TSA encourages travelers out of Pittsburgh to know what is in their carry-on bag so they don’t get caught with a prohibited item at the checkpoint

Local Press Release
Friday, August 23, 2019

PITTSBURGH — This is expected to be one of the busiest years on record for the Transportation Security Administration and officials want to ensure the most efficient security checkpoint experience for travelers flying out of Pittsburgh International Airport. So officials are sharing a handful of tips and tools to make sure that passengers aren’t bringing prohibited items with them to the airport.

The best way to ensure that you know what can be packed in a carry-on bag, checked bag, either or neither is through any of these four options:

  • Tweet or Message AskTSA. Unsure if an item is allowed through security? Issues receiving TSA Pre✓® on your boarding pass? Get live assistance by tweeting your questions and comments to @AskTSA or via Facebook Messenger on weekdays from 8 a.m. to 10 p.m. and on weekends/holidays from 9 a.m. to 7 p.m.  
  • TSA’s homepage has a feature in the upper right-hand corner entitled “What Can I Bring?” in which travelers can type in the name of an item to find out if it is allowed in a checked or carry-on bag.
  • The TSA Contact Center is available to answer questions by email and phone at 1-866-289-9673. Staff is available from 8 a.m. to 11 p.m. weekdays and 9 a.m. to 8 p.m. weekends/holidays; an automated service is available 24 hours a day, seven days a week.
  • Download TSA’s free app. The MyTSA app has a handy feature entitled “What Can I bring?” in which travelers can quickly search which items you can bring with you through the checkpoint onto the airplane.

Additional helpful travel tips for the airport security checkpoint include:

  • Start with an empty bag when packing for the airport. This can mean a suitcase, roller bag, knapsack, messenger bag, briefcase or purse. This ensures that you haven’t forgotten that you had an item in the bottom of your carry-on bag.
  • Prepare for security when packing. Put large liquids, gels, creams and aerosols, such as shampoo, conditioner, suntan lotion, shaving cream and anti-perspirant into checked bags. If you’ve only got a carry-on bag, make sure all of your liquids follow the 3-1-1 rule. And it’s important to make sure that you’ve got no prohibited items in your luggage.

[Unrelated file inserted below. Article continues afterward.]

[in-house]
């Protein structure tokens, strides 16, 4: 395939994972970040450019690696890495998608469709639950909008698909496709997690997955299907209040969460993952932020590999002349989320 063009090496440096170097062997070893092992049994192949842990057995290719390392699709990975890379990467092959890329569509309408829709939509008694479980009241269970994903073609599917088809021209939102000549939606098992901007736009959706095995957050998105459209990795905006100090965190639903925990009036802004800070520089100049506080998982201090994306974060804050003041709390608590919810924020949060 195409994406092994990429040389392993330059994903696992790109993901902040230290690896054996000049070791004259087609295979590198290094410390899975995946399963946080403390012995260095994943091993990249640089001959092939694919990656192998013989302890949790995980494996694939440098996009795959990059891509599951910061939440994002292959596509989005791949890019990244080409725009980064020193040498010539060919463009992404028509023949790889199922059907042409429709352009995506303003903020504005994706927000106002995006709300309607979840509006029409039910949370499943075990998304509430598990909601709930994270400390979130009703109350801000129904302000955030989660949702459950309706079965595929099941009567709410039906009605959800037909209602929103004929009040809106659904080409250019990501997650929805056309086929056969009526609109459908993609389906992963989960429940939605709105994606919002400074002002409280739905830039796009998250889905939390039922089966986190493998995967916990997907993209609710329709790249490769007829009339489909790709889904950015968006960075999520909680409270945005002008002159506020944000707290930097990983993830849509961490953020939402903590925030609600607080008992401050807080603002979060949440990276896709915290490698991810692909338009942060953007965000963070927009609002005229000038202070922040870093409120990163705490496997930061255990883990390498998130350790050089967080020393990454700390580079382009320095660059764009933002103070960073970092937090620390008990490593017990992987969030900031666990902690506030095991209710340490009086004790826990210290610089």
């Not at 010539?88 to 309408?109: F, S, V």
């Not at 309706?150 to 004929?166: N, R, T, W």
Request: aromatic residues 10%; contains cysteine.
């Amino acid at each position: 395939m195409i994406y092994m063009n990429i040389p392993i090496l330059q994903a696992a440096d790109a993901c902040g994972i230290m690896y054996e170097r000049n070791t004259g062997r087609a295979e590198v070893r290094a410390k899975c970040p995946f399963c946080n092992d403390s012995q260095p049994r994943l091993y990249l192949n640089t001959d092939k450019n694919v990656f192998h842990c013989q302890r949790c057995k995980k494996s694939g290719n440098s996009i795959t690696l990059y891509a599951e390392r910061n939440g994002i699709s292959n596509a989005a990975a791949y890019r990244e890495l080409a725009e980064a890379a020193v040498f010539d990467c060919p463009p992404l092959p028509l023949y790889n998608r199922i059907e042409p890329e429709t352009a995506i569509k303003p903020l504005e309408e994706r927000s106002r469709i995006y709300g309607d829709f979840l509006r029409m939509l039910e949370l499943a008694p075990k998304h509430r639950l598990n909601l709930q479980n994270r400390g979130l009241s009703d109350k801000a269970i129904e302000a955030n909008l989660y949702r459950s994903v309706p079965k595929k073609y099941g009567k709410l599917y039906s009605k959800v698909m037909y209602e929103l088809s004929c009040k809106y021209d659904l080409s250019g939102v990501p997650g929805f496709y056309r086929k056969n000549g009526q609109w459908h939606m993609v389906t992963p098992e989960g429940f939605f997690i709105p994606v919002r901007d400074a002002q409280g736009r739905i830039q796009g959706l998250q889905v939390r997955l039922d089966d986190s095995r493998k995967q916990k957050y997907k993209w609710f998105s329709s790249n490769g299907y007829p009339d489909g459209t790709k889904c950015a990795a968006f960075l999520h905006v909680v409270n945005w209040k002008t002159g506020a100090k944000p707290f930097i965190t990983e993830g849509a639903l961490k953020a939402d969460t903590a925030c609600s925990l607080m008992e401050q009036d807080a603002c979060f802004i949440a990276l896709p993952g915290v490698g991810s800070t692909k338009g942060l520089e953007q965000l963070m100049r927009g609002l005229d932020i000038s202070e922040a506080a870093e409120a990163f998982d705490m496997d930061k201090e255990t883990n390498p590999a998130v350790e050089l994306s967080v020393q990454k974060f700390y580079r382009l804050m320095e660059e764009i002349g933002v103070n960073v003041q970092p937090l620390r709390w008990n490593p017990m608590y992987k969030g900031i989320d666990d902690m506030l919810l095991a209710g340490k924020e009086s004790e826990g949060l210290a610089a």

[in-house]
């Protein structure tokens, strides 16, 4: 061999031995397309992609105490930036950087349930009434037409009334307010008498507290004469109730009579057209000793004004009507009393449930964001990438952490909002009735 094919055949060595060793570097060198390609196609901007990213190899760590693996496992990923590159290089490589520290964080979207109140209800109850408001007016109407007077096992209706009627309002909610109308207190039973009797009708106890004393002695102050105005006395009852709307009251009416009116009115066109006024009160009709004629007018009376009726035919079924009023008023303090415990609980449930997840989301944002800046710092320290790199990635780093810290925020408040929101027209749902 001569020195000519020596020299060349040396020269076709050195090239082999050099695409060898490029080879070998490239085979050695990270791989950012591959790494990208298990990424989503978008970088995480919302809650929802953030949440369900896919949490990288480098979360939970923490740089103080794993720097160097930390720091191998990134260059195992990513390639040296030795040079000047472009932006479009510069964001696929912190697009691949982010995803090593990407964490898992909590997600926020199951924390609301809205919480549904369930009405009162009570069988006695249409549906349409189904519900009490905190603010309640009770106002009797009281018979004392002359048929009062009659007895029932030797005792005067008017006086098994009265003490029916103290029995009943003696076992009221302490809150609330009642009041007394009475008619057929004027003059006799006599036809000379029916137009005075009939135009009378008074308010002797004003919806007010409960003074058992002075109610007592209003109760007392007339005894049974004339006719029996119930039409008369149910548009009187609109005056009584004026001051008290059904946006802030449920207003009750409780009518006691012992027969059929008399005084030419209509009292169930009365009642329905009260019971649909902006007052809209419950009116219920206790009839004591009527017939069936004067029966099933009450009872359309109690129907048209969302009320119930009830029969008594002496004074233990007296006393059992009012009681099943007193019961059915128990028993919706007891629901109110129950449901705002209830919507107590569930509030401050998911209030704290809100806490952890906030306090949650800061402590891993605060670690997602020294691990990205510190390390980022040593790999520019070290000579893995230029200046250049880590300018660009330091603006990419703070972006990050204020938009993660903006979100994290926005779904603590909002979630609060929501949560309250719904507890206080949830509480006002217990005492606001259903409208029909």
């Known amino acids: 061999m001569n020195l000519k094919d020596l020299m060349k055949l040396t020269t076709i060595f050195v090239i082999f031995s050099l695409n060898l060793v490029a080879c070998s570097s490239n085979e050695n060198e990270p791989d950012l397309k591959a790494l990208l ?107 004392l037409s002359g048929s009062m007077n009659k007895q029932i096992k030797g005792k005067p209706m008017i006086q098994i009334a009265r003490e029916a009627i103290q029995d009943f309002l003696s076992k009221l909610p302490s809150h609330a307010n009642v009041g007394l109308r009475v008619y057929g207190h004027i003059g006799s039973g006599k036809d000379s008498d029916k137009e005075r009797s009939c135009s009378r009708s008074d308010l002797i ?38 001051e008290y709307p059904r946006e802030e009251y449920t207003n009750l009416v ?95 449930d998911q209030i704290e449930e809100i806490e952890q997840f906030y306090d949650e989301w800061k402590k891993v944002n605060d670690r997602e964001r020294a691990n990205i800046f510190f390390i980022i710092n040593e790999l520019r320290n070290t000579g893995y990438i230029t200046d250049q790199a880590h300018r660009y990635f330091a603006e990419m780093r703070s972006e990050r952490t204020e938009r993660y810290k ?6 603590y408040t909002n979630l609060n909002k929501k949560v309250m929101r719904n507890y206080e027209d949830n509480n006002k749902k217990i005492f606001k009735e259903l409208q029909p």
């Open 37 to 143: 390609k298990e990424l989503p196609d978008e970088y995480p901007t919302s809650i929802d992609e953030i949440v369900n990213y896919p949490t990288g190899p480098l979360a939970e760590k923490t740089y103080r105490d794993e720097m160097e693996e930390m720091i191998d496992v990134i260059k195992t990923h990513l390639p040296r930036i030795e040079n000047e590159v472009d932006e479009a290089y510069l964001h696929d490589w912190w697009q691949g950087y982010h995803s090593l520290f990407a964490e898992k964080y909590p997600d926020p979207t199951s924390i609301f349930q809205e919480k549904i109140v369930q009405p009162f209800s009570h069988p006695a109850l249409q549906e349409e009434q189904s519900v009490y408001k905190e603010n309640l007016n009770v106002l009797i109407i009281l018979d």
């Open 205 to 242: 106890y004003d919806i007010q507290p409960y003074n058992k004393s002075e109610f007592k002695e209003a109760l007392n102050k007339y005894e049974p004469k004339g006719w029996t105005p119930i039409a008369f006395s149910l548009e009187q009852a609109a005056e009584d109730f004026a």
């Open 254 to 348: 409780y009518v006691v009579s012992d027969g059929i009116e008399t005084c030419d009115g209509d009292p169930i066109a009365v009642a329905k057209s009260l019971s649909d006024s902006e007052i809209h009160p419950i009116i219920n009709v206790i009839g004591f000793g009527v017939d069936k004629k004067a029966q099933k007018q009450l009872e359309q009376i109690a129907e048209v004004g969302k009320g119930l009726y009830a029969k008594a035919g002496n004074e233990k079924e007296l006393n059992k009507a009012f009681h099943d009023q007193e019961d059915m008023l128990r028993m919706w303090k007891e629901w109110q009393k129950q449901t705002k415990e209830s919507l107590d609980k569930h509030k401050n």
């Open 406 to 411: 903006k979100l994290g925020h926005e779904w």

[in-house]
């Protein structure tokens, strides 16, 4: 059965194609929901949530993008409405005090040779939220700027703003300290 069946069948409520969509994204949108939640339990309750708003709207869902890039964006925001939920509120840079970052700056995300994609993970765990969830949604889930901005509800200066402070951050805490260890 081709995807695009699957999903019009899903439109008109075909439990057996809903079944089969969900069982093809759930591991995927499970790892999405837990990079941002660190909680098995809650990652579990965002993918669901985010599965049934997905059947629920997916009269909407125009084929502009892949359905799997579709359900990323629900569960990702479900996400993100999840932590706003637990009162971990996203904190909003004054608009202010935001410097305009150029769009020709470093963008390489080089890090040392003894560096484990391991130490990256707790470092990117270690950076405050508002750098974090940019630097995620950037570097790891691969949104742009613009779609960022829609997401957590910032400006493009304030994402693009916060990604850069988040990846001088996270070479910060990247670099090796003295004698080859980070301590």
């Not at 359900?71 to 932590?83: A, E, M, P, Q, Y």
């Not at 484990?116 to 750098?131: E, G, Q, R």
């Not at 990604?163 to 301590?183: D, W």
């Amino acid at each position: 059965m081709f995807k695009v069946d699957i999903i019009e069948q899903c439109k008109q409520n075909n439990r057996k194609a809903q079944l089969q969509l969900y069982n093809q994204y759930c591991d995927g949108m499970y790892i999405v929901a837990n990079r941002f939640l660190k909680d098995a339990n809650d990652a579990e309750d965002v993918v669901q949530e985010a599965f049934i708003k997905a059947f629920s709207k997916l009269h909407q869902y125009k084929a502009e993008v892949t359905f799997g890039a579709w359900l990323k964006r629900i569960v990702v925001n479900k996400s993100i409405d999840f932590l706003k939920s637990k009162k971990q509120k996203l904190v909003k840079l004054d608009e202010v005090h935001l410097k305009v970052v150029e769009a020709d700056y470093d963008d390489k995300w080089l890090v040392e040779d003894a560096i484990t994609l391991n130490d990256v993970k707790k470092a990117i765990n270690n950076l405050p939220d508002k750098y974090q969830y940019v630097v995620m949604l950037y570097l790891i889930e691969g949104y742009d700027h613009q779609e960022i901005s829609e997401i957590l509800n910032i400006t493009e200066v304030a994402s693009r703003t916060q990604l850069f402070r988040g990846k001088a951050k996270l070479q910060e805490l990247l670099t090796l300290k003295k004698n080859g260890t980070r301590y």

• Be ready when you enter the checkpoint line: Checkpoint lines are an ideal time to remove all items from your pockets and put them into one of your carry-on bags so you won’t lose them. It’s also the time to get your ID and boarding pass out of your wallet and ready to hand to the TSA officer. (Don’t forget to get your REAL ID-compliant license before October 2020.)
  • Once you get to the divesting tables, be ready to remove laptops, any electronics larger than a cell phone and the 3-1-1 compliant liquids bag from carry-on baggage and place those items in a checkpoint bin with nothing above or underneath them.
  • Let the TSA officer know right away if you’re traveling with larger quantities of medically necessary liquid medications, or breast milk or formula for an infant as those can be screened separately.
  • Consider minimizing items that you wear to the airport such as bulky jewelry, scarves, hair accessories, large belts and other bulky items as these articles are likely to require additional screening.
  • Apply for TSA Pre✓® or other trusted travel programs like Global Entry, NEXUS, or SENTRI. To find the trusted traveler program that best suits your travel needs, use the DHS trusted traveler comparison tool. These programs help improve security and provide a more convenient travel experience by affording travelers access to TSA Pre✓® expedited screening lanes. Travelers using the TSA Pre✓® lane do not need to remove shoes, laptops, liquids, belts and light jackets at more than 200 U.S. airports. In addition, don’t forget to renew your membership in TSA Pre✓®, which is required every five years. To get more information about TSA Pre✓®, visit the frequently asked questions page on the TSA website.